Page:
Lyrics & Knowledge Personal Pages Record Shop Auction Links Radio & Media Kids Membership Help
The Mudcat Cafemuddy

Post to this Thread - Sort Descending - Printer Friendly - Home

Remember 'underground' radio?

Bettynh 09 Jul 13 - 04:44 PM
Phil Cooper 10 Jul 13 - 09:35 AM
Bettynh 10 Jul 13 - 12:37 PM
Phil Cooper 10 Jul 13 - 12:59 PM
Bettynh 11 Jul 13 - 08:51 AM
GUEST,Spleen Cringe 11 Jul 13 - 09:00 AM
Phil Cooper 11 Jul 13 - 09:13 AM
GUEST,Patricia Gallery-Levin 19 Aug 13 - 01:22 AM
Share Thread
Lyrics & Knowledge Search [Advanced]
DT  Forum
Sort (Forum) by:relevance date
DT Lyrics:

Subject: Remember 'underground' radio?
From: Bettynh
Date: 09 Jul 13 - 04:44 PM

I was a little confused to see a self-congratulatory ad in the Old Songs program flyer from WCUW-FM announcing its 40th anniversary. I remember listening to WCUW in my dorm room in the late 60s, so what's the deal here? After a bit of research, I realized there are at least two influences on what happened:

FM radio had been invented sometime in the 1920s, but broadcast was limited to line-of-sight, so powerful AM radio became the broadcast band of choice. But FM broadcast was freer of noise and, in the late 1950s, stereo. It became the radio for classical music.

Meanwhile, colleges around the country were licensed to run radio stations. In the 1960s these were in the FM band. There's some sort of technology that uses the wiring of the dormatories for broadcast antennae(s?) that limits the listening area to a few blocks around those buildings. There were no rules or conventions about programming - student radio was run by non-paid volunteers, mainly students, and included just about anyone who showed up and talked or played music.

There were some rule changes from the FCC that allowed the student stations to broadcast at higher power, allowing for a larger listening audience.

So that explained WCUW - it was a college station, graduating to a larger audience in 1973.

In thinking about that I remembered the excitement of "underground" radio of that period - FM radio playing whole albums and new music that never would have made air-time on AM radio (which for some reason limited every song to 3 minutes or less). FM radio was being incorporated into portable radios and stereo music systems (just try to find a vintage 1955 FM portable radio). The over-30 crowd (remember not to trust anyone over 30) listened to AM radio. Perfect! It was an exciting time. To mollify the folk police, I have to mention here that folk music was part of the mix - I remember several shows in which the DJ hosted a show from his own collection of vinyl for 3 hours or so at a time every week.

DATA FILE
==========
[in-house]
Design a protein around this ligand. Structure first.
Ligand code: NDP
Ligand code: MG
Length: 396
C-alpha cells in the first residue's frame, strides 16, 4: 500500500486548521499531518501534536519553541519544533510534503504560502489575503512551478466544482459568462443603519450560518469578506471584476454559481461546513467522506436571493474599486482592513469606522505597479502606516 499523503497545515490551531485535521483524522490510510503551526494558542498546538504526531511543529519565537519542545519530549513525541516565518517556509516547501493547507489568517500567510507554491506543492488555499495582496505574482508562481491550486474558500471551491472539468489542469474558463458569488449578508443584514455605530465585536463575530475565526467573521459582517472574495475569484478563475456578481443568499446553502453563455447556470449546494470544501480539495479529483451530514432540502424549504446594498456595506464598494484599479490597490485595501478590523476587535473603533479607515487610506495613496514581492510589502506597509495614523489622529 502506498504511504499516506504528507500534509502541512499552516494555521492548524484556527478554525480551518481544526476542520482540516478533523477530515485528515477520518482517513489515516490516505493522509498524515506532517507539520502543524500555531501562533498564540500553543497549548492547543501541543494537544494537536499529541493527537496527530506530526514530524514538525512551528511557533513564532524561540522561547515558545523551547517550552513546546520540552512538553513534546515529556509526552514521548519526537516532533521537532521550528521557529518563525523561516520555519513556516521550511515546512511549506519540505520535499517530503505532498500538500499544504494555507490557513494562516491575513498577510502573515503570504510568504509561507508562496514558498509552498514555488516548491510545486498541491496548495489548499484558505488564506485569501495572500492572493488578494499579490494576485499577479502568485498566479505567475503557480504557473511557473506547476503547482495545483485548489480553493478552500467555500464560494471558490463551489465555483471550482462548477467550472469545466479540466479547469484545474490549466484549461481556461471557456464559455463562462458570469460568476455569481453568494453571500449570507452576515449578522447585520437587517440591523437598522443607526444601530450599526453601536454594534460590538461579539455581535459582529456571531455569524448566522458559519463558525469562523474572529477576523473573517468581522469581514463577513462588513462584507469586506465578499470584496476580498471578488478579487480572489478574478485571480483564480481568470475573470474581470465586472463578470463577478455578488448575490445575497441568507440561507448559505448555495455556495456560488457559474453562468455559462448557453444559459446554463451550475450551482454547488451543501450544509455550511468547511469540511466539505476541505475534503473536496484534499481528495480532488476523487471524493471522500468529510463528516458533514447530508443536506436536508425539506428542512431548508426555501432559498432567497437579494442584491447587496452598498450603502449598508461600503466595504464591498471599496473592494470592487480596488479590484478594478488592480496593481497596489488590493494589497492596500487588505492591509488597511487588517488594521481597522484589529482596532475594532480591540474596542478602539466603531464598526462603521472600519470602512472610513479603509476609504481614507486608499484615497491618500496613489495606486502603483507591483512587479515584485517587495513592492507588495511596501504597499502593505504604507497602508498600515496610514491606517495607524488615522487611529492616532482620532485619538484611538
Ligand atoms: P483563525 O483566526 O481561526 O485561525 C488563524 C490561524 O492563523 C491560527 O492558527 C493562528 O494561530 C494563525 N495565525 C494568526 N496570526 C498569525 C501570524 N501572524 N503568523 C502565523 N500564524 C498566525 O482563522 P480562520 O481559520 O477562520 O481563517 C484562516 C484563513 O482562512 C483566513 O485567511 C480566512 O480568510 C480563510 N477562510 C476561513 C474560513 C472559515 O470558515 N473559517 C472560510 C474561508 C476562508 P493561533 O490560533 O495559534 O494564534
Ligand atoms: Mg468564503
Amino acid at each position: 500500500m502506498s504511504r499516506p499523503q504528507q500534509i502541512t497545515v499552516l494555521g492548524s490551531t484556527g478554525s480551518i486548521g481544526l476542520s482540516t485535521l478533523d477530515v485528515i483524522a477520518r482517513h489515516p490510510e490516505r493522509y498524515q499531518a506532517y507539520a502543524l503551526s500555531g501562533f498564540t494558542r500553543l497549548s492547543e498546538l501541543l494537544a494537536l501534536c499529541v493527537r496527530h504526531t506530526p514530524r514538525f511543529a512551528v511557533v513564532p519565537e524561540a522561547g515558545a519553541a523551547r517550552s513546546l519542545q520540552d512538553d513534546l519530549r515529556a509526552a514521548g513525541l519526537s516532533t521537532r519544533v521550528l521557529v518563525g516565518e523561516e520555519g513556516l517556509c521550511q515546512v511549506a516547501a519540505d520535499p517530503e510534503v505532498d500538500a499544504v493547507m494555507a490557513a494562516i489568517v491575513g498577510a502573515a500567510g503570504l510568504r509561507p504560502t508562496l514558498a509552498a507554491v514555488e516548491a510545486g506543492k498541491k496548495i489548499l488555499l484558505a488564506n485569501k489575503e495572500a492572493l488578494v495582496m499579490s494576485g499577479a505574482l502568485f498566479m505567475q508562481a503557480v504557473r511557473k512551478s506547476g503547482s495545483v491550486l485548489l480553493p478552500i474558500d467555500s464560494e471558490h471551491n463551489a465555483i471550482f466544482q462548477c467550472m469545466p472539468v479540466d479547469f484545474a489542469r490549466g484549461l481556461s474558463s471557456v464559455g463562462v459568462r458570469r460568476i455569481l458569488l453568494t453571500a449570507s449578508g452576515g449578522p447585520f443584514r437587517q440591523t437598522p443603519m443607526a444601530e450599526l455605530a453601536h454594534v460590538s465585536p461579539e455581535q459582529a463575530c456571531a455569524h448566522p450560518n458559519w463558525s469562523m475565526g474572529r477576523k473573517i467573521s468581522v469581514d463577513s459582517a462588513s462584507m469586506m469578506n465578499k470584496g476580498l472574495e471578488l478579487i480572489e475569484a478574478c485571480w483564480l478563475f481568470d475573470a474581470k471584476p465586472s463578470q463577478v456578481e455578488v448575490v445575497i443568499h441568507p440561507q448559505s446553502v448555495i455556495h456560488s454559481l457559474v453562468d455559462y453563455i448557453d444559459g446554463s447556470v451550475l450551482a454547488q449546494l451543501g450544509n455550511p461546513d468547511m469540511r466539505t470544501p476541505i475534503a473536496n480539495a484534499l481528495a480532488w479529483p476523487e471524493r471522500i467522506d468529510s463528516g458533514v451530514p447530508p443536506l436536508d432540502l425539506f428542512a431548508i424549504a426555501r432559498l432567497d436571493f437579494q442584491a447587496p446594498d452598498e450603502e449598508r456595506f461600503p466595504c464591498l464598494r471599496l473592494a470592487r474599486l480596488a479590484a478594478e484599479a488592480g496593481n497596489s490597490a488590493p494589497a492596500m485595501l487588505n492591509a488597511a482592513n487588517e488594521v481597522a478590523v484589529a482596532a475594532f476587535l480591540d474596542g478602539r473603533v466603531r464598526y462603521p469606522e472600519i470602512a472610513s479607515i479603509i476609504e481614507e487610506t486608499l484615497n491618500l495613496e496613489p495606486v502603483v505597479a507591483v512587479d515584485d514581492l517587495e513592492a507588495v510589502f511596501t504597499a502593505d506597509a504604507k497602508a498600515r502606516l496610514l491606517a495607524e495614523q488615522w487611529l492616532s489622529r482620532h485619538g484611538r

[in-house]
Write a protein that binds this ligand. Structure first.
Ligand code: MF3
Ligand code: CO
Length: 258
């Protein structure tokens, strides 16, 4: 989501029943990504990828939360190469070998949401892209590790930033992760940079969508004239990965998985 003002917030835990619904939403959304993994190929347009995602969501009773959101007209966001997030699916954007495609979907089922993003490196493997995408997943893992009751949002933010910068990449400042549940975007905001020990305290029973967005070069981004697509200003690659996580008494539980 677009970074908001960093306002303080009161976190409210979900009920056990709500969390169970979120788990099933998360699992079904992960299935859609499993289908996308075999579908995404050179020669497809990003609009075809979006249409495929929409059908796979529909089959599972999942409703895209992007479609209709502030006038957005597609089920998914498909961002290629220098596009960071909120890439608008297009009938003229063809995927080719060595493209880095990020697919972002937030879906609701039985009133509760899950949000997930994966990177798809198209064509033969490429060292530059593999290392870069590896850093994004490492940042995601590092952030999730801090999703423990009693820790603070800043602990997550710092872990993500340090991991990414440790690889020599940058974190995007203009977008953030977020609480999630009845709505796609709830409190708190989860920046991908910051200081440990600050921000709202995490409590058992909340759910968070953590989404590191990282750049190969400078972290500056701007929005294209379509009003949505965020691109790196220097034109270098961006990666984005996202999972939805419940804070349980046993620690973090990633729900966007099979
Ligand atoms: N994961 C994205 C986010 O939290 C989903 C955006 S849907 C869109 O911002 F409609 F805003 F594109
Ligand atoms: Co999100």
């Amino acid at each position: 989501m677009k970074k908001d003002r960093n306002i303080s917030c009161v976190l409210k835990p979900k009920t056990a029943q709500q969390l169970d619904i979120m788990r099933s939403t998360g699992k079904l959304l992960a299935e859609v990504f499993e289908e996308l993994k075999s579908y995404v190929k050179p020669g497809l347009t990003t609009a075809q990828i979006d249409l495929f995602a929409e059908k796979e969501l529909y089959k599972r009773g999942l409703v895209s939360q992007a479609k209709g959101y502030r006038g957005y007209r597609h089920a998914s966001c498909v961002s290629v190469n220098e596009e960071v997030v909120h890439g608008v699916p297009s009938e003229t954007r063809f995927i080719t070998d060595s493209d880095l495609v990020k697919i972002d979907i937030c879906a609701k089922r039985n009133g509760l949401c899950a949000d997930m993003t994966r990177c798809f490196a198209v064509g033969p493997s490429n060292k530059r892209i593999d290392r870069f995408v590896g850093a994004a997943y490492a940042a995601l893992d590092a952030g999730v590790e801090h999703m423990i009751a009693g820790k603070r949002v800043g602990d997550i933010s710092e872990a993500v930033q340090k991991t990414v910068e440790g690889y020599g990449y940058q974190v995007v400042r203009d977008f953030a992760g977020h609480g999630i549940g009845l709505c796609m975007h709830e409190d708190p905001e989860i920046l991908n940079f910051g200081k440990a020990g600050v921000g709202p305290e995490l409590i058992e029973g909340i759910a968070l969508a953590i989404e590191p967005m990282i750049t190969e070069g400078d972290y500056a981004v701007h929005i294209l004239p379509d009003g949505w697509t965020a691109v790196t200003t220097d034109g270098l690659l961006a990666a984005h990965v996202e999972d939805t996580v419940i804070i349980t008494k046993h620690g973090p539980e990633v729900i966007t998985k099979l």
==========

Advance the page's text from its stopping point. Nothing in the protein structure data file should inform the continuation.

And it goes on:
In particular, I remember seeing Arlo Guthrie's first concert in Boston. It was part of a concert series held in Jordan Hall, the (smallish but beautiful) auditorium of the Boston Conservatory of Music. There wasn't much publicity and the wife of the promoter was absolutely certain that no one would attend - "Who cares who his father was? No one ever heard of him!" - But not only was the concert sold out, the audience knew the words of the chorus of "Alice's Restaurant." The underground radio stations had the same effect as the production of flashmobs via the internet today.

Those are some of my memories from Boston and Worcester, Mass. But I know there were similar things happening in other parts of the country, and I have no idea how long-format music infiltrated into the UK. Anyone willing to share memories?

Post - Top - Home - Printer Friendly - Translate

Subject: RE: Remember 'underground' radio?
From: Phil Cooper
Date: 10 Jul 13 - 09:35 AM

There was an am radio station in the early '70's in Chicago called WDAI that played long songs, folk, Cheech & Chong, pretty much anything. I used to listen to it at night. It was owned by WLS am. At that time the corporate heads didn't know what to do with FM, so they were letting the station do what it did. Shortly afterwards, WXRT started doing about the same thing as WDAI. 'DAI became a disco station in the mid-70's, when the owners started exercising more control.

There was another free format station out where I lived in the Chicago suburbs called WJKL, the fox. They would play anything. Again the station owners really didn't know what to do with it. I literally heard The Talking Heads "Psycho Killer" followed by Shirley Collins "Plains of Waterloo," once. The corporate heads again fired the staff eventually and turned the station into an automated format rock station for awhile. I stopped listening at that point.